Devastating Jobs Report For April Will Show Impact Of Virus

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WASHINGTON (AP) – The US government is about to release the worst job set since the recordkeeping began in 1948, a snapshot of the devastating damage the economy has caused the coronavirus epidemic on Friday.

The unemployment rate for April could reach 16% or more, according to economists polled by the data provider FactSet. Twenty-one million jobs may have been lost. If so, it would mean that almost all of the job growth in the 11 years since the end of the Great Recession has disappeared within a month.

Even these figures do not fully reflect the extent of the damage that the coronavirus has done to jobs and income. Many people who are still active have had their hours reduced. Others have suffered wage cuts. Some who lost their jobs in April and have not looked for a new one in light of their bleak outlook will not even be considered unemployed. A broader measure – the proportion of adults in employment – could reach a record high.

The scale of the job loss has been breathtaking.

During the Great Recession of 2008-2009, the country lost 6.5% of its jobs over a two-year period. It was the worst loss in any recession since World War II. Yet in April alone, the projected job loss of 21 million would represent 14% of all jobs, more than double.

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The impact on individuals has been considerable. One of the new unemployed, Sara Barnard, 24, from St. Louis, lost three jobs: a floor manager in a pub and restaurant, a bartender in a small downtown tavern, and the occasional comedian. His main job was at McGurk’s, an Irish pub and restaurant near the city center that closed a few days before St. Patrick’s Day. She had worked there continuously since high school.

McGurk tried to sell food by the roadside, said Barnard, but it cost more to keep the place open than the money that came in. .

McGurk’s is a landmark of St. Louis, and Barnard expects it to rebound quickly after it reopens. She just doesn’t know when.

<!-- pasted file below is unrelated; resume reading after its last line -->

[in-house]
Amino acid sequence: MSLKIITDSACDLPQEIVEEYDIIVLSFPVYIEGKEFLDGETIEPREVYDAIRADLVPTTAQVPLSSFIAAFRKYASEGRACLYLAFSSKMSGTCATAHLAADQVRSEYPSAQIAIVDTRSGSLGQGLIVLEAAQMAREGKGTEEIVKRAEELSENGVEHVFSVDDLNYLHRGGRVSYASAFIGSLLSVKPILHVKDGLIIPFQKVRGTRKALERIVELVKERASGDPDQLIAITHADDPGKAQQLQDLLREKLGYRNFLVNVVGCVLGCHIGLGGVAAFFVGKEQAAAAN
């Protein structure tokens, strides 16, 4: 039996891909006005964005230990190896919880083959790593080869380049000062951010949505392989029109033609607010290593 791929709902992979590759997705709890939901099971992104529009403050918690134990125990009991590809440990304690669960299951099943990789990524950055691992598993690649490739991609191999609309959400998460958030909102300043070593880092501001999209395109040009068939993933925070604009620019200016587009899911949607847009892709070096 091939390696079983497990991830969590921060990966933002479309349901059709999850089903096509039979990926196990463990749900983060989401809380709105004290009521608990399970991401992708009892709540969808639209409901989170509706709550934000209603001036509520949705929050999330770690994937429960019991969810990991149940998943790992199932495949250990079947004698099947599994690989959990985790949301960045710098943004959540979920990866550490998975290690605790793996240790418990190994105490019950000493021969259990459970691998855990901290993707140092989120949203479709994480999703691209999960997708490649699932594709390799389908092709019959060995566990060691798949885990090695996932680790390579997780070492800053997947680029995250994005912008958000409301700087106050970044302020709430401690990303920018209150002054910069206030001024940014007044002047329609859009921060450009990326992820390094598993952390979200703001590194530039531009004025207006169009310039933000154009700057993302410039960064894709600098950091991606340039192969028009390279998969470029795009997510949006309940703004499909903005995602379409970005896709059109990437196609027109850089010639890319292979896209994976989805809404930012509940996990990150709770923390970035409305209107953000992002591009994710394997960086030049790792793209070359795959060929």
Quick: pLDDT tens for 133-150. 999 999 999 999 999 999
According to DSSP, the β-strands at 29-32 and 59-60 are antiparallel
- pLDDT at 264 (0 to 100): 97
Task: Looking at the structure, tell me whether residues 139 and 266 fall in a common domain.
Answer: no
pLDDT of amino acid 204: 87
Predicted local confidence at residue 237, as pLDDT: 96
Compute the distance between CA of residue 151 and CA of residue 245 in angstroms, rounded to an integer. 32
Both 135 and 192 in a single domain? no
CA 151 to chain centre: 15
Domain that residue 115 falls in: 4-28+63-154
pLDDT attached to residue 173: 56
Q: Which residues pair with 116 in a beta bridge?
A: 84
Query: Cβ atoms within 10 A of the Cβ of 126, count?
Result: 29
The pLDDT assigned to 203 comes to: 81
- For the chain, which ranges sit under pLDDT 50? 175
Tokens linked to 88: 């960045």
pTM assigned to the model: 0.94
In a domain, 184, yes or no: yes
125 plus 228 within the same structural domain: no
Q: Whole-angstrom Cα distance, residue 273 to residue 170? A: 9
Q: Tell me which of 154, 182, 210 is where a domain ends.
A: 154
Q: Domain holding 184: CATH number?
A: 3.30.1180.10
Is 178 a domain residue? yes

Job losses and wage cuts vary around the world. Unemployment in the 19 euro area countries is expected to exceed 10% in the coming months as more people are laid off. This figure is expected to remain below the US unemployment rate. But there are not many people who are either on leave or reduced hours but who receive most of their salary from government assistance.

In France, about half of the workforce in the private sector benefits from a public paid vacation program which allows them to receive up to 84% of their net salary. In Germany, 3 million workers are covered by a similar system, the government paying up to 60% of their net salary.

In the five weeks covered by the US employment report for April, 26.5 million people claimed unemployment benefits. Job losses to be reported on Friday may be less because the two are measured differently: The government calculates job losses by surveying businesses and households. It’s a net number that also counts the hires that some companies, like Amazon and many grocery stores, have made. In contrast, the total number of jobless claims is a measure of the layoffs alone.

For the United States, a key question is where does the job market go from here. Unemployment claims, although high, have declined for five consecutive weeks, indicating that the worst layoffs have passed. Yet few economists expect a rapid turnaround.

The Congressional Budget Office has forecast that the unemployment rate will still be 9.5% by the end of next year. An article by economists at the San Francisco Federal Reserve estimates that in an optimistic scenario that assumes the closings are lifted quickly, the unemployment rate could fall to around 4% by mid-2021.

But if the closures recur and hiring picks up more slowly, the unemployment rate could stay double-digit until the end of 2021, according to economists at the San Francisco Fed.

Raj Chetty, a Harvard economist, tracks real-time economic data, including consumer spending, hiring small businesses and job vacancies. Chetty noted that the health of the economy will depend on when the viral epidemic has diminished enough for most Americans to feel comfortable returning to restaurants, bars, cinemas and stores.

The data suggests that many small businesses hold on to the hope that spending and the economy will rebound soon, he said. The wage bill for small businesses has dropped significantly, but has stabilized in recent weeks. And the job vacancies have not decreased as much as the total number of jobs. But it is not yet known how long these trends will persist.

“There’s only time you can hold,” said Chetty.

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